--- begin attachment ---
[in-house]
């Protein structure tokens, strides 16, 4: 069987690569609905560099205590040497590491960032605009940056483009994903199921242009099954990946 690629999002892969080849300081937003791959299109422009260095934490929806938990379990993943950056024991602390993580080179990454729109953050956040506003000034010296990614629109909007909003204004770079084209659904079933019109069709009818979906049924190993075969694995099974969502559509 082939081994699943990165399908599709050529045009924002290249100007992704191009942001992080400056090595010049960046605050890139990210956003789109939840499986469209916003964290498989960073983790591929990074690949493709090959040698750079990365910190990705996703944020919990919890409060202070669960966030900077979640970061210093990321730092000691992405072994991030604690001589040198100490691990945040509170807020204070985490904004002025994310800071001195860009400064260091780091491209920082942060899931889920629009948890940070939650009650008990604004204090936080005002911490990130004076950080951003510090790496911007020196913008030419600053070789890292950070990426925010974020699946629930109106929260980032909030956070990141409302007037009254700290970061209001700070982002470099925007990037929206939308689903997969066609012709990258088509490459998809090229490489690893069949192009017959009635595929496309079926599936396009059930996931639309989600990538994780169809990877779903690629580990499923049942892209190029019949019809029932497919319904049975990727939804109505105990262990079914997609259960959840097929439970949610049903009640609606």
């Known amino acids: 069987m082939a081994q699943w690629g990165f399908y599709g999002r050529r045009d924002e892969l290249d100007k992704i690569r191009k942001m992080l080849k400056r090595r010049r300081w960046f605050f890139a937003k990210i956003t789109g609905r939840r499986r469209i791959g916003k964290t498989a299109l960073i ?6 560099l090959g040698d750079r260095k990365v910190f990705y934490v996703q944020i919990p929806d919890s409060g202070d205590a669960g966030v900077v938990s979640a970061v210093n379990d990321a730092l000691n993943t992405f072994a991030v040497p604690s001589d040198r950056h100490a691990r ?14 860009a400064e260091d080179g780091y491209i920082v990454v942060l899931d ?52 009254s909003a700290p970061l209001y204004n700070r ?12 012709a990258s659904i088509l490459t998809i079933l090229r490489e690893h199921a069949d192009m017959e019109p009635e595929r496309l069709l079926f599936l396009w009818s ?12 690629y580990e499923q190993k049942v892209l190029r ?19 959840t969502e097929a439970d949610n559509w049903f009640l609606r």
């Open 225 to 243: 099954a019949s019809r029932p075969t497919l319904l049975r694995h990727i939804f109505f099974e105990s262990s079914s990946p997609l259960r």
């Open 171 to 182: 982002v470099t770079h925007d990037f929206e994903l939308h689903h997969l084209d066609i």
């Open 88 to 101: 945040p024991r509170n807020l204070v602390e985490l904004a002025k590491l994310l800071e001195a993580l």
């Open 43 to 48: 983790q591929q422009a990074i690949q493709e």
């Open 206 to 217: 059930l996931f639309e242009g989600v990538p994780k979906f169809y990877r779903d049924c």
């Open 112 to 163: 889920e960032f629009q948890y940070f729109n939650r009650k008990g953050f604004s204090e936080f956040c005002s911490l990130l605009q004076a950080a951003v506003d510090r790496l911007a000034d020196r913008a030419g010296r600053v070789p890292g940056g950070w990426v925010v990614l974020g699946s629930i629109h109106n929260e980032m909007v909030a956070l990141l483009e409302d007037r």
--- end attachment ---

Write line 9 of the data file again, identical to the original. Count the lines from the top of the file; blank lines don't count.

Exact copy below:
């Open 112 to 163: 889920e960032f629009q948890y940070f729109n939650r009650k008990g953050f604004s204090e936080f956040c005002s911490l990130l605009q004076a950080a951003v506003d510090r790496l911007a000034d020196r913008a030419g010296r600053v070789p890292g940056g950070w990426v925010v990614l974020g699946s629930i629109h109106n929260e980032m909007v909030a956070l990141l483009e409302d007037r």